This time you get one map which takes place in Shroom City as opposed the the usual choice of boards you may be accustomed to - that's one way to cope with hardware limitations - though each character will start on a different part of the 'board' it's all actually joined together with pipes. As always you move spaces by rolling the Mushroom Dice, you have normal yellow spaces, red makes you lose a turn - harsh! - while blue spaces are where the mini-games are at in which you can win Mushrooms as these are what makes the game go around as they are linked to how far you can move; in summary if you have no mushrooms then you'll not have 'much room' to maneuver... ah thank you, I'm here all week, every week.

You'll be lucky if you get to play many mini-games though as it can be very easy to miss those blue spaces by just one or two spots, once you get to play them though there's a reasonable array of them some which are fun puzzle-game rip-offs, others which are just odd plus a few awful ones which are to be expected; back to the board where you can get 'quests' for landing on certain spaces which will give you a chance to gain some 'Gaddgets' which are mini toys for up to four players on a single system so clearly these work better than intended on the Wii U gamepad which is just as well seeing as aside from this it's single-player only. If you'd prefer you can just play Challenge Land where you can just play mini-games to get coins so you can unlock all of the fun extras, indeed this is probably for the best as you won't get much proper party atmopshere boardgame action here which is what the series is supposed to be famed for.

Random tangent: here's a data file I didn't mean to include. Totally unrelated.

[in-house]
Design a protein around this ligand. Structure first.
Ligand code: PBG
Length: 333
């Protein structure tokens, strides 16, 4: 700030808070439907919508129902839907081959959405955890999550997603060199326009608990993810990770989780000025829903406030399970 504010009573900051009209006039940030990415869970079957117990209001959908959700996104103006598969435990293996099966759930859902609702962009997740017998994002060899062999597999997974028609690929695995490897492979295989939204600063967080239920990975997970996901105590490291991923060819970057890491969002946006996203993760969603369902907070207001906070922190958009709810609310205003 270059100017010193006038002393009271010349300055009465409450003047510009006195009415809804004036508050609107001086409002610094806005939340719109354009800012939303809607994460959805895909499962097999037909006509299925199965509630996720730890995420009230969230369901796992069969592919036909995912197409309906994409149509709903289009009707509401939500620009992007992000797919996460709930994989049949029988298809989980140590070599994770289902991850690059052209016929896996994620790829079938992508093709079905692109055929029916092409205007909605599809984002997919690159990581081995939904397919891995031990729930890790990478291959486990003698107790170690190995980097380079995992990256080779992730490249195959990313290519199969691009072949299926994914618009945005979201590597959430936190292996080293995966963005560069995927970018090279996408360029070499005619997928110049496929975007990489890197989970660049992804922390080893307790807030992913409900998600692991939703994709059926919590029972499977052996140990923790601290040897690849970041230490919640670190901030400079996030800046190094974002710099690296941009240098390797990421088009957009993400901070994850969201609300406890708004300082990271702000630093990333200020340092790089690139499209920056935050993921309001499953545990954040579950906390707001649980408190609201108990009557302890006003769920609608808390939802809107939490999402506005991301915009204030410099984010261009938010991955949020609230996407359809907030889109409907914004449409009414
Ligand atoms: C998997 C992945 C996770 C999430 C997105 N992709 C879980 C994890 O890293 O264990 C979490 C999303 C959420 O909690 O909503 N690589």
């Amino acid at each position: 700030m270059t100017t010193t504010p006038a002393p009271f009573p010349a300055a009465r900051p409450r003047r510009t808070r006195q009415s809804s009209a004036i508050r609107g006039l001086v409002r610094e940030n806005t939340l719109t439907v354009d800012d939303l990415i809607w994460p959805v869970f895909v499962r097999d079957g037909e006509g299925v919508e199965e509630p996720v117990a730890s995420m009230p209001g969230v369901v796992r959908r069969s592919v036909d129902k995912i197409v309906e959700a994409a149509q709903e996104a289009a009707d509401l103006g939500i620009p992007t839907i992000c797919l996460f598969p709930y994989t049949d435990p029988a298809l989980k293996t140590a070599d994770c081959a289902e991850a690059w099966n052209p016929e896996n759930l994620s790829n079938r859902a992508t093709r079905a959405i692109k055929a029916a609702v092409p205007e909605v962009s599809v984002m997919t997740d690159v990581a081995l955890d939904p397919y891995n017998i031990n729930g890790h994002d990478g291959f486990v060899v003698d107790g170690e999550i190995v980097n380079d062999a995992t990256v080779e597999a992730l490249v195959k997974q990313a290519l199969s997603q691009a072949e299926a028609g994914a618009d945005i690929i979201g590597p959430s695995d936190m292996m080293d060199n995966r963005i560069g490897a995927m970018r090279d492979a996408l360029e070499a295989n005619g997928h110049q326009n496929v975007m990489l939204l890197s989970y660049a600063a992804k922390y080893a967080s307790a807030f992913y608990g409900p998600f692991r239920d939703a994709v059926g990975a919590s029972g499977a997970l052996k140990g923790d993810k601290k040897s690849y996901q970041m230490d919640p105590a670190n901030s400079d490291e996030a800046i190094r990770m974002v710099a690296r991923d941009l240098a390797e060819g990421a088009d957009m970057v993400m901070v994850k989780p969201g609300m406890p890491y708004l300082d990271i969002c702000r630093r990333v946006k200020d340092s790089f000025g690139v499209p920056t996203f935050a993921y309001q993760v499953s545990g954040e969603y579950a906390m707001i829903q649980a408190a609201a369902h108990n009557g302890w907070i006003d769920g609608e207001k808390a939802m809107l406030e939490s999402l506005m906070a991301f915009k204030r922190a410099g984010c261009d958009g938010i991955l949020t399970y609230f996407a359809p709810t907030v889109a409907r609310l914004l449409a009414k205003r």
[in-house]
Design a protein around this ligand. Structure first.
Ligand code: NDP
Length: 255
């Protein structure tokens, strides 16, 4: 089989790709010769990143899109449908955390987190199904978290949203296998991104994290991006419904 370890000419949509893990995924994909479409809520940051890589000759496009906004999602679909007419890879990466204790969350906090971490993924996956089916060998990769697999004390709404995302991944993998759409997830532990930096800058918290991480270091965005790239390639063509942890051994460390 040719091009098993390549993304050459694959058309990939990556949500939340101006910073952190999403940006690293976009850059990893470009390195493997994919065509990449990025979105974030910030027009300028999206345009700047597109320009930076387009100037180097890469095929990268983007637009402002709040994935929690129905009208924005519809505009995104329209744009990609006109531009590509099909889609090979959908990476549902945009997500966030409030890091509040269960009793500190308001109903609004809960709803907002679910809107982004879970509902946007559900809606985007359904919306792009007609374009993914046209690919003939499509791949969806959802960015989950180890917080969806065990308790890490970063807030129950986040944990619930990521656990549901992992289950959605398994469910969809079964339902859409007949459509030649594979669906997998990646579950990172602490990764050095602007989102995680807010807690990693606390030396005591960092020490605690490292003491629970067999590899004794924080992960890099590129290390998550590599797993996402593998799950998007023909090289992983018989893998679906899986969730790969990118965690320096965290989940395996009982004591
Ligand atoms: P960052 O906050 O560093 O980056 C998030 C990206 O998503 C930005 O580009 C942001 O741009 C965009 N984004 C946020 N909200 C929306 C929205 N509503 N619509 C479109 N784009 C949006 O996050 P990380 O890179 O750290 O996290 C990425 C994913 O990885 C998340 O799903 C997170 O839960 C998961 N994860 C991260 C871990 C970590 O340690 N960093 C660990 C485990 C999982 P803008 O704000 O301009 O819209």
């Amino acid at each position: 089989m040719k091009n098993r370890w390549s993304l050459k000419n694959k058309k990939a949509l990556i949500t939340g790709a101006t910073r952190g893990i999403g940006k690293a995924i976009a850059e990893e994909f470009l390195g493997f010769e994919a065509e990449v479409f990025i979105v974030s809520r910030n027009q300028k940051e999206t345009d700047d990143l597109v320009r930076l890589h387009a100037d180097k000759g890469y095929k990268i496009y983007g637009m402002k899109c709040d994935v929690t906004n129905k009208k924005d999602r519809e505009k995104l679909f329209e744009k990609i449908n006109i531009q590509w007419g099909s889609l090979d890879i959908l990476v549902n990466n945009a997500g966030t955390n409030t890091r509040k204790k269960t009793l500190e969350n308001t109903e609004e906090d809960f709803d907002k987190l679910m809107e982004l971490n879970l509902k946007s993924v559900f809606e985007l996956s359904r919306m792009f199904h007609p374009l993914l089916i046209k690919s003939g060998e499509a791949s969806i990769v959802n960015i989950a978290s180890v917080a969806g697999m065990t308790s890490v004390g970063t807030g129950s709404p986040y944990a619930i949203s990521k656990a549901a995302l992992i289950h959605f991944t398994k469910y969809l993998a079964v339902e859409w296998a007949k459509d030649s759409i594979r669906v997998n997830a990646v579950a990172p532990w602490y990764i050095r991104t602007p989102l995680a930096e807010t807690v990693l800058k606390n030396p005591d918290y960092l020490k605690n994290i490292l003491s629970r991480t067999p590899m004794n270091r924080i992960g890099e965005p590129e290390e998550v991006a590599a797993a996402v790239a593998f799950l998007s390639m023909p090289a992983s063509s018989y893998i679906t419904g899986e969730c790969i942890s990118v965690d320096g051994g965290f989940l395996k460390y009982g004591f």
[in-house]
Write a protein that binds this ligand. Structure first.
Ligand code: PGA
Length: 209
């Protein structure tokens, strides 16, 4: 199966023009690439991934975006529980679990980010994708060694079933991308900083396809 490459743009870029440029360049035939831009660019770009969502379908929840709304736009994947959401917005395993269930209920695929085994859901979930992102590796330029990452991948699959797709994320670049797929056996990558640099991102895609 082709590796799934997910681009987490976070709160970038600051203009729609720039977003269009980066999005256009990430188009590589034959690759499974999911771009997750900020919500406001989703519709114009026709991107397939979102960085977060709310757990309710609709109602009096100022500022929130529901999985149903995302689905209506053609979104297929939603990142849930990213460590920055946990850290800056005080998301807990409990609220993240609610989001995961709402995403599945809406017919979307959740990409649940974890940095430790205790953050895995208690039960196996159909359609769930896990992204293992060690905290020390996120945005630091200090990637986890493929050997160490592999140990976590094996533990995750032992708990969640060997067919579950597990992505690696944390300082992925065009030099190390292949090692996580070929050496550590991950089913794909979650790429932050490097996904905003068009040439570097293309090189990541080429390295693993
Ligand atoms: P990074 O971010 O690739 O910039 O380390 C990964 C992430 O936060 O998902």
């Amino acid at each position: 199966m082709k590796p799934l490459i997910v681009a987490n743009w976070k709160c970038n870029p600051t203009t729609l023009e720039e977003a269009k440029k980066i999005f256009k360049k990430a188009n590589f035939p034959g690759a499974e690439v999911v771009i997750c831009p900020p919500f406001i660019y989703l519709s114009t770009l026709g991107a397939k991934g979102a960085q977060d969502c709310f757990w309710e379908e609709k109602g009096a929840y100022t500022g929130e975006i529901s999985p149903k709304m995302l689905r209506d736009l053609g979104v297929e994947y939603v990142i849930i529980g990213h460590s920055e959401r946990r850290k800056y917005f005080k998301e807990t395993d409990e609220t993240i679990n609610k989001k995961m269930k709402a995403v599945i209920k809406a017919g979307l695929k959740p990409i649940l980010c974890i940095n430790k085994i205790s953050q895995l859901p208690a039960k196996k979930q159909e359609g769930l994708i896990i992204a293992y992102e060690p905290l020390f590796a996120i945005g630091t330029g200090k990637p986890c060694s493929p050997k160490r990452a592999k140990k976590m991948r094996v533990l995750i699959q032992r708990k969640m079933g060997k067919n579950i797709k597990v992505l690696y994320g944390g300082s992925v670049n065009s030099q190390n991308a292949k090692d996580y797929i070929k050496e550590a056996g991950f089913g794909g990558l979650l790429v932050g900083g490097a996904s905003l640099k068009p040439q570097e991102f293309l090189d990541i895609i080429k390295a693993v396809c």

A nice clear visual style which is very similar to the portable Mario & Luigi games is present here, ensuring that each screen is always filled with light pastel colours which brighten things up no end especially when coupled with some of the plain silly animations. All of the audio seems like it was ripped straight from many Mario games from the same era, it's not bad to reuse assets when the original source material is decent anyway, plus you get all of those classic sound effects too which is nice, it's all remixed sufficiently to at least feel a bit new in any case.

Mario Party Advance would have been better marketed not for it's boardgame based barminess of old which the original console games are still better at, but instead as a zany collection of mini-games which are fun to play either on your own or with friends around the same console. With the Wii U gamepad these parts of the experience can now truly shine whereas the rest of it can quite easily just fall by the wayside, so it's not the complete package that some may be after but it's still fun if you're only expecting a small celebration rather than a full-scale party.   

Verdict : Mario's small gathering around a single screen Advance is a fun distraction.

That's it for another installment of VC Weekly which will return again soon. So until then, enjoy the rest of the week and Game On!